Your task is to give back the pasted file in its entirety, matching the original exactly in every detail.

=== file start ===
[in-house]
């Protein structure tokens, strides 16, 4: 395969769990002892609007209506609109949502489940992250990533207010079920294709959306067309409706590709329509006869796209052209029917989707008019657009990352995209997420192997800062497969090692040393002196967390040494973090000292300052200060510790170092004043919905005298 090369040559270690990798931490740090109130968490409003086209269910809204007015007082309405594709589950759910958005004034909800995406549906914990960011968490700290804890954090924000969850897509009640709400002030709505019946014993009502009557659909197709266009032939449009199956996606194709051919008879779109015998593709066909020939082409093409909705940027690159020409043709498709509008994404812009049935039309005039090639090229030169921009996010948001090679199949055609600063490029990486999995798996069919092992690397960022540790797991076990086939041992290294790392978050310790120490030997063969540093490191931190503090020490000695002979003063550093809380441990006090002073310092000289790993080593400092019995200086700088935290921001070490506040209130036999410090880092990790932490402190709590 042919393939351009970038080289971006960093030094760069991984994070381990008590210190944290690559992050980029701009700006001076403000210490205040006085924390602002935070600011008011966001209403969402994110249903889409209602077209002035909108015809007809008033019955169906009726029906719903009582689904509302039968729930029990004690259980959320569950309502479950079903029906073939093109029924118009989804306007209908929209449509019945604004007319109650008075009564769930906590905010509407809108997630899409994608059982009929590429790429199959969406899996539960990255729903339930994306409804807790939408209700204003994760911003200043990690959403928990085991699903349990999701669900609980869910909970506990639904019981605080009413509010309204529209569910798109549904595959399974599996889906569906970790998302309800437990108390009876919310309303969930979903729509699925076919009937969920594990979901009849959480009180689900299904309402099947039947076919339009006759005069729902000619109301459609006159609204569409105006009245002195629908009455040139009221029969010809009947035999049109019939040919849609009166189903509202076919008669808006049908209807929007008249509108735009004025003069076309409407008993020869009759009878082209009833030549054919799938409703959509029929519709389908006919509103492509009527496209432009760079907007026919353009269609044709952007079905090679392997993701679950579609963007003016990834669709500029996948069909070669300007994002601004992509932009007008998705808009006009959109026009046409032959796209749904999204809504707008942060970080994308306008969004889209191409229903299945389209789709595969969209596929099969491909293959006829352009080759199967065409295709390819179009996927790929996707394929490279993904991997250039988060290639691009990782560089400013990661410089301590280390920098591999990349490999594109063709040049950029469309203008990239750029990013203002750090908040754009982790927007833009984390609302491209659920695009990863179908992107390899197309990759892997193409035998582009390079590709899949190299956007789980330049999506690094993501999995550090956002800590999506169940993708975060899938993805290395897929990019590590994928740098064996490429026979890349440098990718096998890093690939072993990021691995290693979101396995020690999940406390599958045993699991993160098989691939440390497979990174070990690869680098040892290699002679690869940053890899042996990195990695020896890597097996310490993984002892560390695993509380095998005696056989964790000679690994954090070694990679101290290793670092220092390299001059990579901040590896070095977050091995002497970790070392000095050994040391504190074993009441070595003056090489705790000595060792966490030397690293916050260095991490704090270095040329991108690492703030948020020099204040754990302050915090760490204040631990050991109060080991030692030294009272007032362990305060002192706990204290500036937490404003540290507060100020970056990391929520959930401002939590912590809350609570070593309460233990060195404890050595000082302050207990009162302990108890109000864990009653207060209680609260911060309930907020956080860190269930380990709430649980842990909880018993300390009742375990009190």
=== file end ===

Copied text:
[in-house]
């Protein structure tokens, strides 16, 4: 395969769990002892609007209506609109949502489940992250990533207010079920294709959306067309409706590709329509006869796209052209029917989707008019657009990352995209997420192997800062497969090692040393002196967390040494973090000292300052200060510790170092004043919905005298 090369040559270690990798931490740090109130968490409003086209269910809204007015007082309405594709589950759910958005004034909800995406549906914990960011968490700290804890954090924000969850897509009640709400002030709505019946014993009502009557659909197709266009032939449009199956996606194709051919008879779109015998593709066909020939082409093409909705940027690159020409043709498709509008994404812009049935039309005039090639090229030169921009996010948001090679199949055609600063490029990486999995798996069919092992690397960022540790797991076990086939041992290294790392978050310790120490030997063969540093490191931190503090020490000695002979003063550093809380441990006090002073310092000289790993080593400092019995200086700088935290921001070490506040209130036999410090880092990790932490402190709590 042919393939351009970038080289971006960093030094760069991984994070381990008590210190944290690559992050980029701009700006001076403000210490205040006085924390602002935070600011008011966001209403969402994110249903889409209602077209002035909108015809007809008033019955169906009726029906719903009582689904509302039968729930029990004690259980959320569950309502479950079903029906073939093109029924118009989804306007209908929209449509019945604004007319109650008075009564769930906590905010509407809108997630899409994608059982009929590429790429199959969406899996539960990255729903339930994306409804807790939408209700204003994760911003200043990690959403928990085991699903349990999701669900609980869910909970506990639904019981605080009413509010309204529209569910798109549904595959399974599996889906569906970790998302309800437990108390009876919310309303969930979903729509699925076919009937969920594990979901009849959480009180689900299904309402099947039947076919339009006759005069729902000619109301459609006159609204569409105006009245002195629908009455040139009221029969010809009947035999049109019939040919849609009166189903509202076919008669808006049908209807929007008249509108735009004025003069076309409407008993020869009759009878082209009833030549054919799938409703959509029929519709389908006919509103492509009527496209432009760079907007026919353009269609044709952007079905090679392997993701679950579609963007003016990834669709500029996948069909070669300007994002601004992509932009007008998705808009006009959109026009046409032959796209749904999204809504707008942060970080994308306008969004889209191409229903299945389209789709595969969209596929099969491909293959006829352009080759199967065409295709390819179009996927790929996707394929490279993904991997250039988060290639691009990782560089400013990661410089301590280390920098591999990349490999594109063709040049950029469309203008990239750029990013203002750090908040754009982790927007833009984390609302491209659920695009990863179908992107390899197309990759892997193409035998582009390079590709899949190299956007789980330049999506690094993501999995550090956002800590999506169940993708975060899938993805290395897929990019590590994928740098064996490429026979890349440098990718096998890093690939072993990021691995290693979101396995020690999940406390599958045993699991993160098989691939440390497979990174070990690869680098040892290699002679690869940053890899042996990195990695020896890597097996310490993984002892560390695993509380095998005696056989964790000679690994954090070694990679101290290793670092220092390299001059990579901040590896070095977050091995002497970790070392000095050994040391504190074993009441070595003056090489705790000595060792966490030397690293916050260095991490704090270095040329991108690492703030948020020099204040754990302050915090760490204040631990050991109060080991030692030294009272007032362990305060002192706990204290500036937490404003540290507060100020970056990391929520959930401002939590912590809350609570070593309460233990060195404890050595000082302050207990009162302990108890109000864990009653207060209680609260911060309930907020956080860190269930380990709430649980842990909880018993300390009742375990009190």